To a ordinary action protagonist, but Peter has too many white knight tropes associated to his character he would be qualified as one. Even they had him kill as Spock despite him not being the real Peter Parker. That really dampens his sacredness as a one of Marvel's purity rings.

  12. #207
    The good kind of noise SpiderOrange's Avatar
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    Quote Originally Posted by jackolover View Post
    Yes, my point. There was no reason to kill Venom. Unless you believe Venom is so psychotic that he doesn't reason things out like killers in The United States.
    I'm pretty sure that questions of who lives and who dies change when some nutjob with an alien symbiote and a history of violent behavior compounded by schizophrenic tendencies threatens to eat the brains of your infant child. The very fact that moments after a prison break, the FIRST thing Eddie did was track down MJ and Annie suggests that Peter had no real alternative if he was going to keep them both safe permanently. I still go back to family always being number one for Parker. After failing to stop the crook that killed Uncle Ben, there's no way he's going to 2nd guess taking out Venom if it means the same fate won't befall MJ / Annie.

    I think a good secondary question might be how would we react if it was someone else? Say Carnage, a serial killer? If he walked in and it was Carnage threatening to kill his family, and later he gets the drop on him and kills him, would we be just as likely to question the decision? I know in my own case, I accept him killing Venom as something that had to be done. But with Carnage, I think I'd actually be cheering him on, lol.
    "This. Right here. This is where my life officially jumped the shark." Miles Morales
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  13. #208
    aka "The Watchdog" 8BitRedBeard's Avatar
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    I REALLY liked this book, the staff did a great job. Vulnerability can be anyone's weakness and it was pretty cool seeing the evolution of Peter not only as Spidey but as a husband and father as well. This story had the 90s feel to it and seeing Spidey run on adrenaline during his fight with Venom (because he threatened to eat Annie's brain), it reminded me of the last book in the "If This Be My Destiny" arc where he's thinking of Aunt May and his loved ones to free himself of the rubble. I'm really looking forward to the rest of the series!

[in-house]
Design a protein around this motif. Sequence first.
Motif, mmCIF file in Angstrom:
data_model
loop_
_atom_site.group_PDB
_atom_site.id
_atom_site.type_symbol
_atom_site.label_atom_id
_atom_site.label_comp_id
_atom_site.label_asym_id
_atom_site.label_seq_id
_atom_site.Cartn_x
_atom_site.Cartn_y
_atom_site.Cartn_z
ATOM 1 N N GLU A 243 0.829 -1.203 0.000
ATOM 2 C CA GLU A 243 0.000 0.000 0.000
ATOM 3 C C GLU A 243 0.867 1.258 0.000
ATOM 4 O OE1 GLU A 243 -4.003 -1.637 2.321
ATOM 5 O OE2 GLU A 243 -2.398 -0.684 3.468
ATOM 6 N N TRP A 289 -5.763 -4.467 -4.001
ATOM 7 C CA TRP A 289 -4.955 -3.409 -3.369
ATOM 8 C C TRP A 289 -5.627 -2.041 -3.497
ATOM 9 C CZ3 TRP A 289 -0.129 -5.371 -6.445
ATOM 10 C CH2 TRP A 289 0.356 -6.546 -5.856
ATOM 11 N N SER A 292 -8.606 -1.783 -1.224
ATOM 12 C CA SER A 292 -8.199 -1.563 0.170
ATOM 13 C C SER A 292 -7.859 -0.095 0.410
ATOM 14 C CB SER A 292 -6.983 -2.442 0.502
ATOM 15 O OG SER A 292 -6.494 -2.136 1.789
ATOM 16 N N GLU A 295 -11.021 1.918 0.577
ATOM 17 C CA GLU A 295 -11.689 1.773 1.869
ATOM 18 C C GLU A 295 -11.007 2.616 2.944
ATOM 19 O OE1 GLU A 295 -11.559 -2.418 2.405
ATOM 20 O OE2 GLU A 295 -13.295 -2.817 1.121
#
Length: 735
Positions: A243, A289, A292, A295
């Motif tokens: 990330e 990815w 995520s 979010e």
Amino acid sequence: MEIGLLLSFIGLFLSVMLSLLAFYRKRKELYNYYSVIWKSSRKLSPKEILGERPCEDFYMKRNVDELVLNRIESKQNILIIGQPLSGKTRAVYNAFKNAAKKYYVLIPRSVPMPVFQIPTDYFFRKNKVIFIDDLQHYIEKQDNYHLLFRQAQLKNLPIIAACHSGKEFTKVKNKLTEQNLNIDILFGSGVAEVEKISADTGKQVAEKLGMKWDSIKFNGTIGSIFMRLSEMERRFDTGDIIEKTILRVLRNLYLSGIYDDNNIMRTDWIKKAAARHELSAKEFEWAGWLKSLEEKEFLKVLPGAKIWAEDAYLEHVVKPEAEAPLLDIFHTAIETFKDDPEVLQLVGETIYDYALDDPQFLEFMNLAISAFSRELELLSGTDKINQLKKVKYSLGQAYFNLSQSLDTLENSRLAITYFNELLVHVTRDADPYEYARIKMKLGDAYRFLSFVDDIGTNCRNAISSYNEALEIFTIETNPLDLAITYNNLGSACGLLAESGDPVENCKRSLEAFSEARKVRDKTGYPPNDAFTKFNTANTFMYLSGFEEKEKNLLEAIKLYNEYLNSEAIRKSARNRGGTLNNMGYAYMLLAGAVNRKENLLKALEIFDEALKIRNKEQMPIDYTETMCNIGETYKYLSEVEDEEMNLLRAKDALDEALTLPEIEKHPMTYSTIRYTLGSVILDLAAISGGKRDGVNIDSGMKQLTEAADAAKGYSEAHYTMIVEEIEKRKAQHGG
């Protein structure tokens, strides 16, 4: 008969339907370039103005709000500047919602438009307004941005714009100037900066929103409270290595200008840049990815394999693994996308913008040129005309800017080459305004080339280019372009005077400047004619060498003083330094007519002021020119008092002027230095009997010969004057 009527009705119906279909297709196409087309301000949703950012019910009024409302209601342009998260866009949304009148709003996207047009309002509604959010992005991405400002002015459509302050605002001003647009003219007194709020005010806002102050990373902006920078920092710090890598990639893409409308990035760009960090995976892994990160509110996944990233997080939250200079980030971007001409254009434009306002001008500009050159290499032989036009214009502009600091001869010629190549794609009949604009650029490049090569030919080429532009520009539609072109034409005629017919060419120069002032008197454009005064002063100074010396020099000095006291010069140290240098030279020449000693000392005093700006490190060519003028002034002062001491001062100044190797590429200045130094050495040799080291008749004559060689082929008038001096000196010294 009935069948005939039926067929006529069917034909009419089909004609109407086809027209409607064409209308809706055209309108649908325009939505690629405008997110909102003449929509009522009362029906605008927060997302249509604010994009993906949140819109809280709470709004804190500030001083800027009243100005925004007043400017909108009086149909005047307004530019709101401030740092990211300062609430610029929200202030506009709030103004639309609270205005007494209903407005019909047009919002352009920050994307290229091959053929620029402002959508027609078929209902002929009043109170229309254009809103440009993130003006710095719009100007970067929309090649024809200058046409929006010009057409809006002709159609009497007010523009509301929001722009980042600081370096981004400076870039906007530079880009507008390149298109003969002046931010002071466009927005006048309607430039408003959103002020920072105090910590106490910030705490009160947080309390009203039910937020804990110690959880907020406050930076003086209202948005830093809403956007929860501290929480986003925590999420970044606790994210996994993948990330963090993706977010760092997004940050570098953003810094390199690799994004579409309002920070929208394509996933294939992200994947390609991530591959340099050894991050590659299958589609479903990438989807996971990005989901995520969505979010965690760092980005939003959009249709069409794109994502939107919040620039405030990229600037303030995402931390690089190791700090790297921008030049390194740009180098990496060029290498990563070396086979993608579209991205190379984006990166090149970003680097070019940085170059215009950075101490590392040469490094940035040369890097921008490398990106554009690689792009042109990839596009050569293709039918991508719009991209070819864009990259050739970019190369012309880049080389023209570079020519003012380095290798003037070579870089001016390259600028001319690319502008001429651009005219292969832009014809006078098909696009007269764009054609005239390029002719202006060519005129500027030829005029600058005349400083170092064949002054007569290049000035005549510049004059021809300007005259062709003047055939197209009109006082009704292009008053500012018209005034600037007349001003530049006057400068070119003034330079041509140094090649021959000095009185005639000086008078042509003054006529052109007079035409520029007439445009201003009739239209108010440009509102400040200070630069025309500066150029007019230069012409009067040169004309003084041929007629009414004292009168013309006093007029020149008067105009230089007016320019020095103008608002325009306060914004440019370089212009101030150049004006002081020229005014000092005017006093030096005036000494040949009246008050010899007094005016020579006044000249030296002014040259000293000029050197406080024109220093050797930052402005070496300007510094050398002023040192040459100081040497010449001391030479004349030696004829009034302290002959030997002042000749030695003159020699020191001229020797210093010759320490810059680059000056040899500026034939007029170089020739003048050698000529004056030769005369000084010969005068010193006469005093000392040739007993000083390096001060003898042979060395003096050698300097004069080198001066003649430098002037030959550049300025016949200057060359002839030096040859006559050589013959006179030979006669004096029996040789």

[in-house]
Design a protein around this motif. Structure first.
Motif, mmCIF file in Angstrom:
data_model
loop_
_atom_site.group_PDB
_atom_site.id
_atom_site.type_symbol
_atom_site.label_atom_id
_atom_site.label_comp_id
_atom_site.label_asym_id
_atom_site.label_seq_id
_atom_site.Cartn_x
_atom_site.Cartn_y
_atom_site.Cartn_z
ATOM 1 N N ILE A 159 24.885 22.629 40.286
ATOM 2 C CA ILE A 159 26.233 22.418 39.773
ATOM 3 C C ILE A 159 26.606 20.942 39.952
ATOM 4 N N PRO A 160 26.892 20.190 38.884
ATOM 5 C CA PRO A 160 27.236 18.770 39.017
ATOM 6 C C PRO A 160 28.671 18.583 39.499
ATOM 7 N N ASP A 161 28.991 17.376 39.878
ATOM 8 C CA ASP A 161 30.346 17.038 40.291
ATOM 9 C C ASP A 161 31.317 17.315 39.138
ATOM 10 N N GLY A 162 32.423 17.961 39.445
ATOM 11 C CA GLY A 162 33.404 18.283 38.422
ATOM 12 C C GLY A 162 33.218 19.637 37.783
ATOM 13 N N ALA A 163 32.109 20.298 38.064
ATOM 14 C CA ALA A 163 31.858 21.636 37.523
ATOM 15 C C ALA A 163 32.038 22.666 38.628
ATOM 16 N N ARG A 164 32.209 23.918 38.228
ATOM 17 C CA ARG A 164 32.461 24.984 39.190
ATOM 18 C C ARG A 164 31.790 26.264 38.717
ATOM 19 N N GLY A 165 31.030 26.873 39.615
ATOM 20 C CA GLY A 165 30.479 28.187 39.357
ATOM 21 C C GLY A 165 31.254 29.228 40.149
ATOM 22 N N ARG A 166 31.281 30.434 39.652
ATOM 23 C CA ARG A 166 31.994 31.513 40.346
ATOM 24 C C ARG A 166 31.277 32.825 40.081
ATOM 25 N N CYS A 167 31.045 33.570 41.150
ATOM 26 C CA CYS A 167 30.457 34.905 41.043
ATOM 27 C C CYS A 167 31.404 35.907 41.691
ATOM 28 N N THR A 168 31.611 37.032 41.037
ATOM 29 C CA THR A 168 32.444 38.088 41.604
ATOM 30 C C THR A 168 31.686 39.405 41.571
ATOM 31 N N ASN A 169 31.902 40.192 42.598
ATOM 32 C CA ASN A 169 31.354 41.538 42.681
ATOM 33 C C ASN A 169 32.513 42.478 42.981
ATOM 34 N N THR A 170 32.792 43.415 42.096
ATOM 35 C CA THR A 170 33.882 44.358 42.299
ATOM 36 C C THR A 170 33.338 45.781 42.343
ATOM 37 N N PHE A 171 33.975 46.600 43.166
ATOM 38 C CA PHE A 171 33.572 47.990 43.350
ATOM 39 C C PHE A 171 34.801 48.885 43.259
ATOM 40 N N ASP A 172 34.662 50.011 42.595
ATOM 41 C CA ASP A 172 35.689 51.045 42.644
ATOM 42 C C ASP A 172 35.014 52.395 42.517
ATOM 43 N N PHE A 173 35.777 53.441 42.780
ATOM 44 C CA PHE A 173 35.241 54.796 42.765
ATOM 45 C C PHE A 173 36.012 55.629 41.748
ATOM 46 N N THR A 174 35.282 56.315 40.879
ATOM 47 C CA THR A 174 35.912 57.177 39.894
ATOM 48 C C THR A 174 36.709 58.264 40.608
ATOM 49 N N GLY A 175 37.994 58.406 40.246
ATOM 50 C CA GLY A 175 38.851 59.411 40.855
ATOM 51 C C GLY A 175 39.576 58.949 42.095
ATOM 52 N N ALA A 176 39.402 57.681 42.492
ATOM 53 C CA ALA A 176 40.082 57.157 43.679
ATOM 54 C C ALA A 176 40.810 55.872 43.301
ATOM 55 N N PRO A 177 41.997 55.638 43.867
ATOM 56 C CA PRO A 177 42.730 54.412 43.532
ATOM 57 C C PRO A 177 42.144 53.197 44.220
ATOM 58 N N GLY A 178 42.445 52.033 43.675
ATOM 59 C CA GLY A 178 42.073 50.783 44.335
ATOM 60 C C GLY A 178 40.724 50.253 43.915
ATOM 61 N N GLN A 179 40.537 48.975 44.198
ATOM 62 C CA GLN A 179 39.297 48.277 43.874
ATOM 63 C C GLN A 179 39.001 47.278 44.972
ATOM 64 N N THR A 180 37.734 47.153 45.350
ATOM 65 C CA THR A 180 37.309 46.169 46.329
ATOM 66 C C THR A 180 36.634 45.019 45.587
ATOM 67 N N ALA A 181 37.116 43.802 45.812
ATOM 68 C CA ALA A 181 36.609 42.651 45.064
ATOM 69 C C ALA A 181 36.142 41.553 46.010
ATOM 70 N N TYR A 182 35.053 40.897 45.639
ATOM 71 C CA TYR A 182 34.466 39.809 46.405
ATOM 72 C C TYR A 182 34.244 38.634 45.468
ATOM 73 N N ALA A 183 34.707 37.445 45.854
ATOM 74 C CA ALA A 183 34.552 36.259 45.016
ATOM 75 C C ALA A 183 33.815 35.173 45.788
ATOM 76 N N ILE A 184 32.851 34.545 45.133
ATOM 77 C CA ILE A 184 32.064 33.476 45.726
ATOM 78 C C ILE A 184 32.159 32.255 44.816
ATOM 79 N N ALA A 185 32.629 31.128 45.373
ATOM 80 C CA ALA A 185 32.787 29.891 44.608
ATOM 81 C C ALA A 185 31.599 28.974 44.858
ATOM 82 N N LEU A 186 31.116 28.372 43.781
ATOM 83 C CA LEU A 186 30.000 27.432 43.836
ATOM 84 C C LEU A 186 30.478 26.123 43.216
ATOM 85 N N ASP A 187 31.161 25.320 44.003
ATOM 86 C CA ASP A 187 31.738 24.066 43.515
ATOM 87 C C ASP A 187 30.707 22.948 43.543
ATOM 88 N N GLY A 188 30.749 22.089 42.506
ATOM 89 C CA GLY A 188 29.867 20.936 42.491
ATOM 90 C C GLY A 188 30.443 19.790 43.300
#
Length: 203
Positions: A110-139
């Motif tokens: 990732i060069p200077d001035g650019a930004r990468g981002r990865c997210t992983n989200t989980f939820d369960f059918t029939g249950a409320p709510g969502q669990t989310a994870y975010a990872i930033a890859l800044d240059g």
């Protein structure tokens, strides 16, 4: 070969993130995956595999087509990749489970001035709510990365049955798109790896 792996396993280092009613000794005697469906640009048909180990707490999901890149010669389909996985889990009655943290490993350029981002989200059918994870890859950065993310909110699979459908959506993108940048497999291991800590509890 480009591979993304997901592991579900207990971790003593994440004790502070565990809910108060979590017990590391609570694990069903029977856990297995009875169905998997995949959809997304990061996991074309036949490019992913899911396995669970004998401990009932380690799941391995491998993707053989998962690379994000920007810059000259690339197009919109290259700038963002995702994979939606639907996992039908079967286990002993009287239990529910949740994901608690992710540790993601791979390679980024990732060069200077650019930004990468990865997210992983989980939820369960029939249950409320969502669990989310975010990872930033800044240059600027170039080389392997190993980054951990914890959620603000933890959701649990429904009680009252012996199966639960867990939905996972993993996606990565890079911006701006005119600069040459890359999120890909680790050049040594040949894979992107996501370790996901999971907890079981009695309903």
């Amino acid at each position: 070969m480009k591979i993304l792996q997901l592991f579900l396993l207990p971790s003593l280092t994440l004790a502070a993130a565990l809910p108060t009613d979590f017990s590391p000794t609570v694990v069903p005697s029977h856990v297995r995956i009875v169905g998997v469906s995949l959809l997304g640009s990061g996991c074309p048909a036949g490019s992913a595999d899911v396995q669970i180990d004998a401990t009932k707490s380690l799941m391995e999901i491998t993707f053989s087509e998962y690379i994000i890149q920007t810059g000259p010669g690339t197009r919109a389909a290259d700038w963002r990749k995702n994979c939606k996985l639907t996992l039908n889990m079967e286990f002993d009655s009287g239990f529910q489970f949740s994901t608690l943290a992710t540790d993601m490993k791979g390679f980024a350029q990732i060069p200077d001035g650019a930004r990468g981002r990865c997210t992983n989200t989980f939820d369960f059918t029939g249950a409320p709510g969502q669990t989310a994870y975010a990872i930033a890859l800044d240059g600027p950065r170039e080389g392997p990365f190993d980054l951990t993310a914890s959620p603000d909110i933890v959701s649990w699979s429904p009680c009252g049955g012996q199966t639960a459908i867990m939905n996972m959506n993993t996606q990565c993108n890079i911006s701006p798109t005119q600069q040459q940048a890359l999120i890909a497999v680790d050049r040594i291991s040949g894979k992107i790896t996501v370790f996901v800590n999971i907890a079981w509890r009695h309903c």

"With great power comes great responsibility."

  14. #209
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    Quote Originally Posted by Tuck View Post
    That can be applied to just about anyone Spider-Man has ever fought.
    Yes. And?

    Sending the message that masked vigilantes don't have a license to kill? That seems like a case that would have to be brought.
    This might work if the person was on his knees and crying and had no powers (hmmmm, where have I heard that before...), but this is a guy who has superpowers and specificly sought out Peter and his family to do them harm. This isn't even a masked vigilante case, it's just that the two men involved have superpowers. He wasn't seeking out Venom to kill him. Then I'd probably agree with you.



    Saying I would do it doesn't make it reasonable. It's a line I'd be willing to cross under certain circumstances, but I have no illusions about what the act is.

    Many people might kill someone who just murdered a family member. Doesn't make it justifiable homicide.
    By itself, no, but it can go towards that rationale. Revenge is typically not allowed, no. But this wasn't revenge. He was dealing with an active threat. And by his own admission he basically couldn't fight anymore. If Venom stood up, he was dead.


    Fact is, I don't think Slott's intention is for us to see it as justified per se, just understandable. We're not supposed to be on board with lethal Spidey.
    On this I agree with you.



    Quote Originally Posted by Loose Threads View Post
    We were'nt supposed to be on board with Superior Spider-Man either...but look at the overwhelmingly positive reception Ock has in the role. Yes, we're always supposed to root for the "flawed yet saintly" Peter at the end of the day, but there's now a whole generation out there that's been saturated with hero vs hero and grey area storytelling for ten+ years now, they crave the take no prisoners approach more
    That's because Slott was never willing to explore the logical consequences of what Ock was doing or explore the shady underbelly of everything he was doing. I mean, SSM#2 happened and that whole plot was treated as some comical endeavor.

    Quote Originally Posted by boots View Post
    well yeah, it's all relative. doesn't really change the point.
    mmm, I think what I'm trying to get at is that while Spider-Man is a product of his time, it doesn't mean he has to continually slide down the scale to the new territories that have been reached.

    Quote Originally Posted by Haquim View Post
    I didn't dislike this issue.
    I believe what we are being told here is that if Peter had to choose between saving his family and not compromising his morals he would choose the former option. Also if he had to choose between being an hero or saving his family he would choose the latter option. This is what happens this issue and I find this explanation believable. Peter has to choose between helping the avengers (good for him he didn't btw) or helping MJ and Annie. Then he had to choose between allowing a murderer who wanted to eat his daughter alive and knew his secret identity to live while risking his family. We see what Peter does and it's believable.